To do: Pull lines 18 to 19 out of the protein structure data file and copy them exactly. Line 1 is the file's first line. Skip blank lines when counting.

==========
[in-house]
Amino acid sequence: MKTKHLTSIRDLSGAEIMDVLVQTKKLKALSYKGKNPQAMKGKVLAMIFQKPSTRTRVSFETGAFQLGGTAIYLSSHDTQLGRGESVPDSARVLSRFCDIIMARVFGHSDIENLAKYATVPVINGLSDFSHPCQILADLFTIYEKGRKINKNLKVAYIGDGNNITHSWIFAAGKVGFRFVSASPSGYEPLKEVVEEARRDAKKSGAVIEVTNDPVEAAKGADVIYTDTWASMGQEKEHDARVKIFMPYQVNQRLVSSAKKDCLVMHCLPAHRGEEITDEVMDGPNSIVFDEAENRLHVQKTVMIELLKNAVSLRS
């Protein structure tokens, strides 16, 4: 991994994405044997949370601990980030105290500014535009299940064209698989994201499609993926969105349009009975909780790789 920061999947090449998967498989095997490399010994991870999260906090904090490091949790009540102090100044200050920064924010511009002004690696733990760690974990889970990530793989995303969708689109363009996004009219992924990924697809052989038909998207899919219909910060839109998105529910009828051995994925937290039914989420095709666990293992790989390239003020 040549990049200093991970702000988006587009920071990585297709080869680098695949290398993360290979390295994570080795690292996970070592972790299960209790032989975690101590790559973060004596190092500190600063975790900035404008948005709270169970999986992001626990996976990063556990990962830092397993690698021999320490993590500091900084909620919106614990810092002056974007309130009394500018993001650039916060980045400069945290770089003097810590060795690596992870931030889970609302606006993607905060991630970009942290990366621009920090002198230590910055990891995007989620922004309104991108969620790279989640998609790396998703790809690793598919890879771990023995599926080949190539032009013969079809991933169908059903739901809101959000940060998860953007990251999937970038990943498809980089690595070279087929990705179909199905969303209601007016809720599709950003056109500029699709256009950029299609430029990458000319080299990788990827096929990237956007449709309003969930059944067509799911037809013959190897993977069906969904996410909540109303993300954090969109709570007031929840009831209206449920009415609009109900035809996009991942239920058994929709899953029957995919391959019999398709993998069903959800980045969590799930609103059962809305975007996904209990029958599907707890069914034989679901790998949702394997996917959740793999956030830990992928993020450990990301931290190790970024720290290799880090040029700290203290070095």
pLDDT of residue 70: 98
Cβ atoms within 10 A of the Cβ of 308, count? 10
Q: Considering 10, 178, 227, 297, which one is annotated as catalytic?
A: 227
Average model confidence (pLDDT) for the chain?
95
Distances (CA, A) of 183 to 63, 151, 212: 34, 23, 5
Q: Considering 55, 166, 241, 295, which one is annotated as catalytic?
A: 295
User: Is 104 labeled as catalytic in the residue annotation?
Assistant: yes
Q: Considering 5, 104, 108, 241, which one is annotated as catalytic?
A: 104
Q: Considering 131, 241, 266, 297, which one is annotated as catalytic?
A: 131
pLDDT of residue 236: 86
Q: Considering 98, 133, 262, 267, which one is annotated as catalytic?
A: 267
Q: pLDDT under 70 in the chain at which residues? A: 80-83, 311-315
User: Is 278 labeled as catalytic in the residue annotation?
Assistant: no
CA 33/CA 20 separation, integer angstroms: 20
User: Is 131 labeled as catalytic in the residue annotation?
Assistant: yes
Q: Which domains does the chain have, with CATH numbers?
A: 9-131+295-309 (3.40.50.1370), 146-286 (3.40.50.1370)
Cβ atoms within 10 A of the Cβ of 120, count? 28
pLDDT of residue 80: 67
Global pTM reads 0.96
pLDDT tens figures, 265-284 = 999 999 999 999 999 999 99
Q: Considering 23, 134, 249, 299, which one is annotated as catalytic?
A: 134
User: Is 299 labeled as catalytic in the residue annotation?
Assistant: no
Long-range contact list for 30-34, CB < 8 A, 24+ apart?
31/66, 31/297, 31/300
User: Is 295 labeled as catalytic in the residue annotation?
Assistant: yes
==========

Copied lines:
A: 131
pLDDT of residue 236: 86